Financial Request for NASA's Centennial Challenge Goes Back to Congress
NASA still hopes to put up $2 million in prize money this year for a number of contests aimed at knocking down some of the technical challenges that stand in the way of the U.S. space agency's exploration goals.
Earlier this year, the agency attempted to jumpstart the proposed Centennial Challenges program by redirecting $2 million of this year's $15.4 billion budget toward the prize initiative. However, U.S. lawmakers who oversee the space agency's budget shot down NASA's request to kick off the initiative on the grounds that Congress had not yet approved the new program.
NASA is making a second attempt in the hope that this time lawmakers will approve the request. However, the agency's 2005 budget request is not faring too well in the House and this once again casts a shadow on the program's chances.
On Thursday, the House Appropriations Committee cut $1.1 billion from the President's $16.2 billion request for NASA in 2005. If the House version of the bill becomes law, NASA would have a difficult to impossible time starting any new programs, including Centennial Challenges. The Senate has not even taken up NASA's 2005 budget request and won't do so until September.
Craig Steidle, NASA's associate administrator for exploration systems, said he has spent a lot of time explaining the prize initiative to lawmakers and their staffs and thinks he has made good progress selling the program. NASA spokeswoman Sarah Keegan said July 21 that the agency had yet to hear back from congressional appropriators on the June 28 reprogramming request.
"I think the concern was not fully understanding what we are trying to do, what we want to get out of it, and how it affects the vision for exploration," Steidle said. He said he has been back on Capitol Hill pushing the program and telling lawmakers about the big response NASA got to a Centennial Challenges workshop held here in June.
NASA Administrator Sean O'Keefe sent Congress a revised 2004 budget plan on June 28 that, if approved, would provide Steidle the $2 million he needs to kick off the first Centennial Challenges competitions this year.
NASA officials want to use the $2 million for a handful of initial technical challenges that would pay out prizes as large as $250,000 -- the upper limit of NASA's prize making authority under current law.
At the same time, NASA is seeking authority from Congress to conduct larger and more ambitious contests with purses up to $50 million. NASA also wants the authority to hold on to the prize money for as long as it takes someone to win it. Under current law, government agencies normally have only two years to spend any money appropriated by Congress -- a problem if NASA wants to hold a contest it thinks would take someone more than two years to win.
The House Science space and aeronautics subcommittee held a July 15 hearing to find out more about the Centennial Challenges program and how it would work. The chairman of that subcommittee, Rep. Dana Rohrabacher (R-Calif.) has come out strongly in favor of giving NASA greater prize making authority.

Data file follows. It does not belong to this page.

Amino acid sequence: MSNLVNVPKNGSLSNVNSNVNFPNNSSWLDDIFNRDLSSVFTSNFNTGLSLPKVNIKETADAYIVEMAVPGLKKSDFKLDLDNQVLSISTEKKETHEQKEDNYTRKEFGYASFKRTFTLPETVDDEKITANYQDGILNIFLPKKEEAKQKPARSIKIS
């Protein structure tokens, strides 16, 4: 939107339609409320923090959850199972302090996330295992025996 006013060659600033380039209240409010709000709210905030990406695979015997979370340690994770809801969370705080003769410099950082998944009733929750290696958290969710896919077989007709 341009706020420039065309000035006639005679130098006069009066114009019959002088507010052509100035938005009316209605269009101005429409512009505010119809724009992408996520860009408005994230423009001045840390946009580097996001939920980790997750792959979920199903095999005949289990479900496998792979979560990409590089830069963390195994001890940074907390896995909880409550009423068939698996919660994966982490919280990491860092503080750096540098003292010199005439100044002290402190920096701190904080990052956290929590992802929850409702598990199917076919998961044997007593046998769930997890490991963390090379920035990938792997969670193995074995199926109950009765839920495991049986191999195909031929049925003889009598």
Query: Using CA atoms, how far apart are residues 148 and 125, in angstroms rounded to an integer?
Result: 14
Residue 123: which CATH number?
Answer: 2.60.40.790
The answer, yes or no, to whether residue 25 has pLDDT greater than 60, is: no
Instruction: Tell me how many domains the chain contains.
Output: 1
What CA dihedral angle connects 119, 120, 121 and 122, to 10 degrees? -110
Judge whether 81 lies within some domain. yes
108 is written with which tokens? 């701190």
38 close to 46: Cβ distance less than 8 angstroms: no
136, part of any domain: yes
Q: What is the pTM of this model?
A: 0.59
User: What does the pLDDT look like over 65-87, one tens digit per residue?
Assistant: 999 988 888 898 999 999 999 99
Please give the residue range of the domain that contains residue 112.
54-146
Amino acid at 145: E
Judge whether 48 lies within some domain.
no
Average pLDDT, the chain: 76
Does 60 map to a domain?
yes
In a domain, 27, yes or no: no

But Democrats on the subcommittee, including Reps. Nick Lampson, Sheila Jackson Lee and Bernice Johnson (all from Texas), expressed reservations about relying on prize money to spur technological innovation.
"While establishment of a NASA prize program is certainly worth considering, we should not be lulled into thinking that it is any substitute for providing adequate funding for NASA's R&D programs," said Lampson, the subcommittee's ranking Democrat.
Lampson and Jackson Lee also raised questions about how the prize money would be treated by congressional appropriators and other budgeteers.
Congressional sources told Space News that appropriators on both sides of the political aisle are less than enthusiastic about the prospect of giving NASA so-called no year money. As one Republican staffer pointed out, Centennial Challenges would require lawmakers to chose between funding a concrete request and appropriating federal funds for a prize that might never be awarded.
Still, prizes appear very popular with industry, which sees the proposed program as a way to inject some much needed innovation into NASA's business as usual approach to technology development. Robert Walker, the former House Science Committee chairman and now a prominent aerospace lobbyist, has been calling for NASA to offer substantially larger prizes than the $50 million purses currently envisioned. Testifying at the July 15 hearing, Walker proposed prizes as large as $100 million or even $1 billion. "In my mind, these prizes should be big," he said.
Walker said such prizes would attract companies and individuals that would "never dream of going after a government contract.
Peter Diamandis, chairman and chief executive officer of the X Prize Foundation, testified that the $10 million purse he is offering to the first team to send three people into suborbital space and back two times in as many weeks already has attracted $100 million in investment and yielded a major space breakthrough -- the first privately-financed piloted space shot.
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